Not even great military secrets are safe from the inexorable creep of Mother Nature.  Within the Exclusion Zone, and unknown to the outside world at the time of the catastrophe, sits one of two radar sites established by the Soviet Union to detect ballistic missile launches from their enemies (i.e. the United States).  The radar is massive.  It's a string of maybe 20 towers, each over 100 feet tall, standing sentinel in a row at least a quarter mile long.  The site is so large, there was a one-street town built nearby for the associated military personnel and their families.

Now, the radar presides over nothing but birch and pine, towering above the tall trees like an alien Gulliver.  Rust creeps up the silver rails, but it will take years for the forest to bring down these behemoths.  In the meantime, it has made short work of the small settlement huddling in the radar's shadow.

Small pines sprout proudly on rooftops and balconies, glorying in the lofty view it would otherwise have taken them years of growth to achieve.  Tree branches engulf cement buildings, slowly breaking them down like the structures are being swallowed and digested by some monster.  Rusty barrels sit in a pile with streaks of white smearing down from perforations in their metal hulls, and I do not want to know what is leaking.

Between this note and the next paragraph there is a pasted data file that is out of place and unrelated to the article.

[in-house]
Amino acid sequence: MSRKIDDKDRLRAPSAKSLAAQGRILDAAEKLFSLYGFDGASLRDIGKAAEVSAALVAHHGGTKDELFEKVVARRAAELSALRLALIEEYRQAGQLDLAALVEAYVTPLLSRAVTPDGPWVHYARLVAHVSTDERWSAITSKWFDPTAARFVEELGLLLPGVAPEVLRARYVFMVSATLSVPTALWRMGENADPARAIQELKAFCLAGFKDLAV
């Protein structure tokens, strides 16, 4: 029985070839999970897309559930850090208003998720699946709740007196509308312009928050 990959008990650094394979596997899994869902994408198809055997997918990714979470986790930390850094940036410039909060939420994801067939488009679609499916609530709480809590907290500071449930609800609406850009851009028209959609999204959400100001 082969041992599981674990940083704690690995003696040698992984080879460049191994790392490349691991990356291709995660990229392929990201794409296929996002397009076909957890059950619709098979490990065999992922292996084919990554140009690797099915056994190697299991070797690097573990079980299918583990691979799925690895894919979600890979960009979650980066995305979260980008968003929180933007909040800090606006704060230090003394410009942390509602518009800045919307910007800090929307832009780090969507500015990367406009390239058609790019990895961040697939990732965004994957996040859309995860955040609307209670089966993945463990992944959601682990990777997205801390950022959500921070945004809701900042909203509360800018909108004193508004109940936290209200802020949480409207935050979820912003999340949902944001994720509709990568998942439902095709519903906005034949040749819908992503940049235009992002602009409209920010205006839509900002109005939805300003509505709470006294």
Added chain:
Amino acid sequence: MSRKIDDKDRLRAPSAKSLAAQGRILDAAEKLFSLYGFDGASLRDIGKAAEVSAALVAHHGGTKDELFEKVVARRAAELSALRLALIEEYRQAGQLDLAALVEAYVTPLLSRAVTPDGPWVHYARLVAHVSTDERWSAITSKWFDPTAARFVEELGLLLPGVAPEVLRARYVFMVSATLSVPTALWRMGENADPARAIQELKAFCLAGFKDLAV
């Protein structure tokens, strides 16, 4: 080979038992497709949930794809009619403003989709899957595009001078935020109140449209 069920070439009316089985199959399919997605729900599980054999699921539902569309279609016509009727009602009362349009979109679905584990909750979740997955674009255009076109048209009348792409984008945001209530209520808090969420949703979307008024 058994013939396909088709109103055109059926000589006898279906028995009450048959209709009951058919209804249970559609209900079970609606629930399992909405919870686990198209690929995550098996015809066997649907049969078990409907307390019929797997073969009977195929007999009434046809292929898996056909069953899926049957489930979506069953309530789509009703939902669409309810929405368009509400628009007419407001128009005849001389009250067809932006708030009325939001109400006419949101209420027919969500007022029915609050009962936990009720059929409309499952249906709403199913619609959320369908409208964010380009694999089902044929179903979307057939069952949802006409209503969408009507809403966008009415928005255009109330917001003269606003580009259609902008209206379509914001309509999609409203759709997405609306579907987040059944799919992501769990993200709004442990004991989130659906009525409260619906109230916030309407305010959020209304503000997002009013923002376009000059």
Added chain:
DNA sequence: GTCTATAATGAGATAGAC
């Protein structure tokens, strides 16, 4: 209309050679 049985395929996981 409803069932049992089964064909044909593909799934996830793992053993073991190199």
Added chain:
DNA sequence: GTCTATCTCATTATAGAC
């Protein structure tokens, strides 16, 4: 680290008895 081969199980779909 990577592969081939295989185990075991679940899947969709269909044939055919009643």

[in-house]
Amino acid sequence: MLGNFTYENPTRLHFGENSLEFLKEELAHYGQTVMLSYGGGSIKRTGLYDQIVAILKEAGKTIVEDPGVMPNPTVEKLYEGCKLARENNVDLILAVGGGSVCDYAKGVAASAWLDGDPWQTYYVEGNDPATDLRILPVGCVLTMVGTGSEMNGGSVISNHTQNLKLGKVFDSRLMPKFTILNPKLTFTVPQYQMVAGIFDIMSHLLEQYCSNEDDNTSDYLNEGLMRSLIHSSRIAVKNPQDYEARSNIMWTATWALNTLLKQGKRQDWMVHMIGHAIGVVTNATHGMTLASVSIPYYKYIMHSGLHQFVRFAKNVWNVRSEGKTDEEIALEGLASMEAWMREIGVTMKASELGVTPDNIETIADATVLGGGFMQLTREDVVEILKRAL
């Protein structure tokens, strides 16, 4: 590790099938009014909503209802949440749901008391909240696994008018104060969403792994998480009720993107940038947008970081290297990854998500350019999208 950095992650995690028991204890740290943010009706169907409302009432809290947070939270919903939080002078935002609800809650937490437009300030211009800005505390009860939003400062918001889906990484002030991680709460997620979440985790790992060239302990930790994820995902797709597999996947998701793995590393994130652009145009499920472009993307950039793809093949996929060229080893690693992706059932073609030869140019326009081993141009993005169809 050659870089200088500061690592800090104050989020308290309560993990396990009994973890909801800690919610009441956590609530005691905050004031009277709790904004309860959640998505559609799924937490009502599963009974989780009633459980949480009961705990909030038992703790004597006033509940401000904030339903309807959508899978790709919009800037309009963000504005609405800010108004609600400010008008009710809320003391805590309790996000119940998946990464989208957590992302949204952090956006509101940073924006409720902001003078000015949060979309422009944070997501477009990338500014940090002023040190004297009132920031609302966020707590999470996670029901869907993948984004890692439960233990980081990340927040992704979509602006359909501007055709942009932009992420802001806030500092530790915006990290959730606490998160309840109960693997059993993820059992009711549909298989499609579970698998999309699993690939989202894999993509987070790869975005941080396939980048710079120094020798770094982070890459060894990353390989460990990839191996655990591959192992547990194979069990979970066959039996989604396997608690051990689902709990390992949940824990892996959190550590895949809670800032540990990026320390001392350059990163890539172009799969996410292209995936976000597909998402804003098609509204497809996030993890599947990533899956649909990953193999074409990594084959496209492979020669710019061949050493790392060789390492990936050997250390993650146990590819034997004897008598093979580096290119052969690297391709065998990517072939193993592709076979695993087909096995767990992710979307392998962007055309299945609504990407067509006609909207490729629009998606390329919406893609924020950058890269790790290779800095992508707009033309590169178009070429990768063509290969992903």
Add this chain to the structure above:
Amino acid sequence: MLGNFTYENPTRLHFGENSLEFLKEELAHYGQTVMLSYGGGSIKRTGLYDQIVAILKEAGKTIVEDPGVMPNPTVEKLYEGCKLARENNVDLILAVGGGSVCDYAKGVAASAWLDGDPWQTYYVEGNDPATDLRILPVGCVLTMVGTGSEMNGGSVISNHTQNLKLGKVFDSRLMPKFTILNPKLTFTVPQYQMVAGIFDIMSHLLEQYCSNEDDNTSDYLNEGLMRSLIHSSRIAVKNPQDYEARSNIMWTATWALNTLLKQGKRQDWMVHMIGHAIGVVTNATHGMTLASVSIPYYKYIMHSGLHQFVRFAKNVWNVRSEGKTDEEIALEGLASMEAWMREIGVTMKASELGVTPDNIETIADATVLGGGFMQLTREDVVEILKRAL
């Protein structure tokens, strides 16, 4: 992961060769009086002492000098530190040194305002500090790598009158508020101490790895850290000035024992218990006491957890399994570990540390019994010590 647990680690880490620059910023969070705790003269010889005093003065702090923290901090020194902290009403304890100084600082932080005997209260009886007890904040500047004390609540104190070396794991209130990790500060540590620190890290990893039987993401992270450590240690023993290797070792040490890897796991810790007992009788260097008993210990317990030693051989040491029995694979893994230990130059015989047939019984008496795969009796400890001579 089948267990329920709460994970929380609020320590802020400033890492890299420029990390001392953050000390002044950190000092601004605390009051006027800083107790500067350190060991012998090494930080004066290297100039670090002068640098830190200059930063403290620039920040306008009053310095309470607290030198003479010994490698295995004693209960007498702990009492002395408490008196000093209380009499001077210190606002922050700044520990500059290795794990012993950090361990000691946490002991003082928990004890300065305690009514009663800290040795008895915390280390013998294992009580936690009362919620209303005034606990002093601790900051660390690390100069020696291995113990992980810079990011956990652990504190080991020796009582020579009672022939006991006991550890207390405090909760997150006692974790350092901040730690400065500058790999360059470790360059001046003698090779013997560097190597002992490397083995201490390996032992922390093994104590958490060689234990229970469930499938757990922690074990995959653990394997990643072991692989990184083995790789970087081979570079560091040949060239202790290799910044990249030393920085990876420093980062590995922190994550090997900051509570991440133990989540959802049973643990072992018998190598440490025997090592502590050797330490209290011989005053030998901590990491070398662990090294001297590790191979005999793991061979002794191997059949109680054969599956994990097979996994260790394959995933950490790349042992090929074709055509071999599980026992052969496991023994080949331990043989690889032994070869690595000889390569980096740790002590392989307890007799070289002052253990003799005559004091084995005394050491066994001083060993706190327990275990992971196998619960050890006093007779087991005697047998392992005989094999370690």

As we approach the nuclear plant, we watch the numbers go up on the Geiger counter carried by our guide, Igor.  It registered 0.8 at the radar site; now it's showing over 2.0 as we stand at a bend in the road next to the river and the power plant comes into view a couple kilometers away.  We've just passed a construction site bustling with activity--one of the only areas in the Exclusion Zone where man is keeping Mother Nature at bay with bulldozers and cement as a U.S. company works on the facility that will ultimately provide dry storage of the remaining nuclear material.

The river doesn't look particularly murky or slimey, and there are plenty of fish.  One bizarre highlight of stopping by the nuclear power plant is a quick visit to see the giant catfish near the main entrance.  Giant.  Over four feet long.  See the critters in the bottom left corner of the photograph?  Who wants to go noodling and come up with that clamped onto their arm?  I have absolutely no idea if it's normal for catfish to grow to this size, but it's easy to reason that nuclear radiation morphed these fellows into super-catfish.